- The Washington Times - Monday, November 19, 2012

“In the Middle East, are your sympathies more with the Israelis or more with the Palestinians?” asks a CNN survey released Monday. The simple question has multiple answers. Overall, 59 percent of Americans side with the Israelis, 13 precent with the Palestinians. Three percent sympathize with both, 11 percent with neither, and 13 percent have no opinion. The partisan divide is evident, however: 80 percent of Republicans and 77 percent of conservatives side with Israel, compared with 51 of Democrats and 37 percent of liberals. Republicans, in fact, register the highest percentage of support for Israel, liberals the lowest.

Asked whether Israel “was justified or unjustified in taking military action against Hamas and the Palestinians in the area known as Gaza,” 57 percent overall agreed it was justified, along with 74 percent of Republicans, 72 percent of conservatives, 41 percent of Democrats and 39 percent of liberals.

“Regardless of one’s politics, now is the time for people in both parties to unite in support of America’s only democratic ally in the region — Israel,” observes Matt Brooks, executive director of the Republican Jewish Coaltion, a grass-roots group.

RUBIO‘S OPPORTUNITY

He does not believe in “transformative people in politics.” That is what Sen. Marco Rubio, the conservative man-of-the-moment, tells the December edition of GQ magazine. There are instead people with a “historic opportunity to speak the truth and take on the issues at a historic moment.” No one chooses the opportunity, the Florida Republican says.

“That’s something that just happens and falls on your lap. Usually, it falls on your lap during periods of extreme trial, and I don’t think any of us want to experience extreme trial for our country. We would much prefer to be not historic on those terms. I think I’ve been given a unique opportunity to serve during an important time in American history, and I would like to make a contribution,” Mr. Rubio says, adding his observations about Republican mistakes in 2012 and the way forward.

“I think the bigger challenge that we face, and that we continue to face, is that we have not done a good enough job of communicating to people what conservatism is. In fact, we’ve allowed a myth to take hold in the minds of some that conservatism is about helping the people who have ‘made it’ and not about helping the people who are trying to make it,” Mr. Rubio observes.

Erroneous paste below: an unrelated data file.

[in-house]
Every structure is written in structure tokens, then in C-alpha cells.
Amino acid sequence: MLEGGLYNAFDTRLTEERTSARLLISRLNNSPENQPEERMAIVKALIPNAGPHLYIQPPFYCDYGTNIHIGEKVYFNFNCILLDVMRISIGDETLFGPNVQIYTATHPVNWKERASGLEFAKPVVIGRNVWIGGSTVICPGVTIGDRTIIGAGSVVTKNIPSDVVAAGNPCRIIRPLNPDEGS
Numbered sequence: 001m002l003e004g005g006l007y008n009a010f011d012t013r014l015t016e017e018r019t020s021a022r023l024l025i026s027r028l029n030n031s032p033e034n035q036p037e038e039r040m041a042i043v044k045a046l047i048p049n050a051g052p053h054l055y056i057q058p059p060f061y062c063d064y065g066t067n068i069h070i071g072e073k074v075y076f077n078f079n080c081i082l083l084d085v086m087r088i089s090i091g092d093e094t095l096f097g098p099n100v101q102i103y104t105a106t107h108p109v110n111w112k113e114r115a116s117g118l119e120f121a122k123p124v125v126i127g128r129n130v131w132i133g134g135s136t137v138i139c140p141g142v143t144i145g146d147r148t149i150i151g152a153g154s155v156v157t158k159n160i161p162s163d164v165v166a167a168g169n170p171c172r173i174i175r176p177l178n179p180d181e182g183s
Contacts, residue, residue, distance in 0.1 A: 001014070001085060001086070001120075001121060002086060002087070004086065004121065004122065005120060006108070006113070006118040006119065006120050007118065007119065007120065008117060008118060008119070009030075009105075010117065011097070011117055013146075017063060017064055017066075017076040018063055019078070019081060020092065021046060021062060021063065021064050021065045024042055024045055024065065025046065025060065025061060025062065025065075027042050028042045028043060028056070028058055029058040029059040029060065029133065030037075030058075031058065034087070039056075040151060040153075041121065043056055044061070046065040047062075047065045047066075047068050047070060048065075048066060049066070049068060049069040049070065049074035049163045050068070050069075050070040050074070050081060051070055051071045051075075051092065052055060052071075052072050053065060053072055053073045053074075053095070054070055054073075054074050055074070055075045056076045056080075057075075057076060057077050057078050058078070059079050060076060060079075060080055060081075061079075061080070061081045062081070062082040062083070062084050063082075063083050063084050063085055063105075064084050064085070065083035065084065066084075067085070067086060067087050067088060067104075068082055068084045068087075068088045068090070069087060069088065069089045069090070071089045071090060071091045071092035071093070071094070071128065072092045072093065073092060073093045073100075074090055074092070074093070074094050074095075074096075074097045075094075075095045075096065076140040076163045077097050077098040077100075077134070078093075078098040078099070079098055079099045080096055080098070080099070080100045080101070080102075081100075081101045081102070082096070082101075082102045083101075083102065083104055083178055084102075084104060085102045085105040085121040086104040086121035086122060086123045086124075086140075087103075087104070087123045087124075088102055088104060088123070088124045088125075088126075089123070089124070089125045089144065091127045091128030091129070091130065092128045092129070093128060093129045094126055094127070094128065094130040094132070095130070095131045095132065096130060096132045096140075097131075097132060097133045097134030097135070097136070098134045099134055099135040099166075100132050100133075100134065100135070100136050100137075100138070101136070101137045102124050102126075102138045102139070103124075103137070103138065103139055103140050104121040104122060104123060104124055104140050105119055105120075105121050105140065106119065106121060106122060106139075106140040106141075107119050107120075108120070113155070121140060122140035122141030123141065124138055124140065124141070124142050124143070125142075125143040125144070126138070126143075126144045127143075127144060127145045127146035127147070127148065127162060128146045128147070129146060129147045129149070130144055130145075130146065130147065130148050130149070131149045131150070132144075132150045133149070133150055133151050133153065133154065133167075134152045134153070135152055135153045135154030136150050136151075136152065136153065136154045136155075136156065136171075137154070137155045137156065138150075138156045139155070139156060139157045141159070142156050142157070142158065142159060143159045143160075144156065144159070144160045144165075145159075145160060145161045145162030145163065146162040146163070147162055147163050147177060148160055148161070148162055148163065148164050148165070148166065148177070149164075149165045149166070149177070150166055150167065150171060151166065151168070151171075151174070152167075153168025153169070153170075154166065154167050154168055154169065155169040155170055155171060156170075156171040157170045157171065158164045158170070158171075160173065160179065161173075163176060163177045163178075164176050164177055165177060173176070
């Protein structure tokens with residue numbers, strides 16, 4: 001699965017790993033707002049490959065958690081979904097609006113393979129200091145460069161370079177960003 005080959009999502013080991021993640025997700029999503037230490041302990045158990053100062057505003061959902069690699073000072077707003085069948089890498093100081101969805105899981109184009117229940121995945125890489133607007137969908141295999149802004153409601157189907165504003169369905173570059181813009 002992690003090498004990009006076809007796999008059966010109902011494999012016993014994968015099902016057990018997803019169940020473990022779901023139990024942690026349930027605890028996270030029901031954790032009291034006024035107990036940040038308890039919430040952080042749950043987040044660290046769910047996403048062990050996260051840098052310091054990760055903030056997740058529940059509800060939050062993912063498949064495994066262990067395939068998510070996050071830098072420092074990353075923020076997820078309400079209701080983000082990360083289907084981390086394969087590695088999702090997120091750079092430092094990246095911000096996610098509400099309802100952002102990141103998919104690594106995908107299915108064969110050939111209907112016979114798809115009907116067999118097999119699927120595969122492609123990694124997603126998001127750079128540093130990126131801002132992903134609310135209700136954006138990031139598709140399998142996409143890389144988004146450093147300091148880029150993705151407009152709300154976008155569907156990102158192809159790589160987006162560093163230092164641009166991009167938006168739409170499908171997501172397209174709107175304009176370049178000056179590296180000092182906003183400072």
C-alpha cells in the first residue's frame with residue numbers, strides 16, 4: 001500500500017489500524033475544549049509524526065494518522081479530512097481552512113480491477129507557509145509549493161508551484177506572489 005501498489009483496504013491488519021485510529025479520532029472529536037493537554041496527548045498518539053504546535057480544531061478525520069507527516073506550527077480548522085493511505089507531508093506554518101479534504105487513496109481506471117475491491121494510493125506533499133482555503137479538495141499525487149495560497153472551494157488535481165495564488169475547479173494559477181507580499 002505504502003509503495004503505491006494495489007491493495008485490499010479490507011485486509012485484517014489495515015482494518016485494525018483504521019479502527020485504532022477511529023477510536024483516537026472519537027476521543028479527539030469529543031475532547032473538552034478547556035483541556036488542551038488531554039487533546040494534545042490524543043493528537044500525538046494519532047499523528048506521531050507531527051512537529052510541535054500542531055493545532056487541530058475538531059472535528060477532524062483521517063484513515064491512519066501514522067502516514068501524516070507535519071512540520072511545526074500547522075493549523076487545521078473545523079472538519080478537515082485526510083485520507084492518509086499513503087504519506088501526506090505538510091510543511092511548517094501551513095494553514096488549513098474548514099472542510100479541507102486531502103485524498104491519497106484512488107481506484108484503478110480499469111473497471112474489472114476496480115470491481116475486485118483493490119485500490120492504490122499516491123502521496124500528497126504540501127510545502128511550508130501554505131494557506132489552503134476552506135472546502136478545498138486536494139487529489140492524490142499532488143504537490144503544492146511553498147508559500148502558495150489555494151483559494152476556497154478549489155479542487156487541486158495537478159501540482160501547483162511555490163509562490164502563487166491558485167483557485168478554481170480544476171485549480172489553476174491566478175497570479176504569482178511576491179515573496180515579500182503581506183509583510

PETRAEUS ADJECTIVES

“Surprised” is the most often cited reaction to the resignation of CIA Director David H. Petraeus. Next in line: disappointed, followed by shocked, saddened, disgusted, don’t care, stupid, not surprising, ridiculous, indifference, cover-up, suspicious, interested, uninterested, concerned, unfortunate, good, bullcrap, personal, shameful, terrible and waste of time. And that’s just the beginning of a lengthy list from a Pew Research Center survey asking respondents to simply describe what they thought or felt.

A TURKEY’S PUBLIC LIFE

One of President Obama’s first duties upon returning to the White House after his overseas trip is to pardon the national Thanksgiving turkey, which the president will do on Wednesday in the Rose Garden. Then the turkey will assume the duties of public life with all the benefits therein.

“Immediately following President Obama’s pardon, George Washington’s Mount Vernon Estate will welcome the turkey with a ceremony featuring a trumpet fanfare and proclamation read by Washington’s farm manager, James Anderson. The turkey will arrive to the front of the mansion in a horse-drawn carriage guided by staff dressed in 18th-century costumes for the ceremony. He will reside in a custom-made enclosure situated near Aladdin, a camel who represents the camel George Washington had on the grounds to entertain visitors during Christmas of 1787.”

And so proclaims Mount Vernon.

LOST THE COUNTRY?

In the days after the election, talk-radio host Rush Limbaugh wondered if President Obama’s victory signaled that “we’ve lost the country,” a remark that prompted Thomas Edsall, a Columbia University journalism professor and New York Times contributor, to consult opinion polls and a Heritage Foundation index of “dependence on government” to determine if conservatives had reason to fret.

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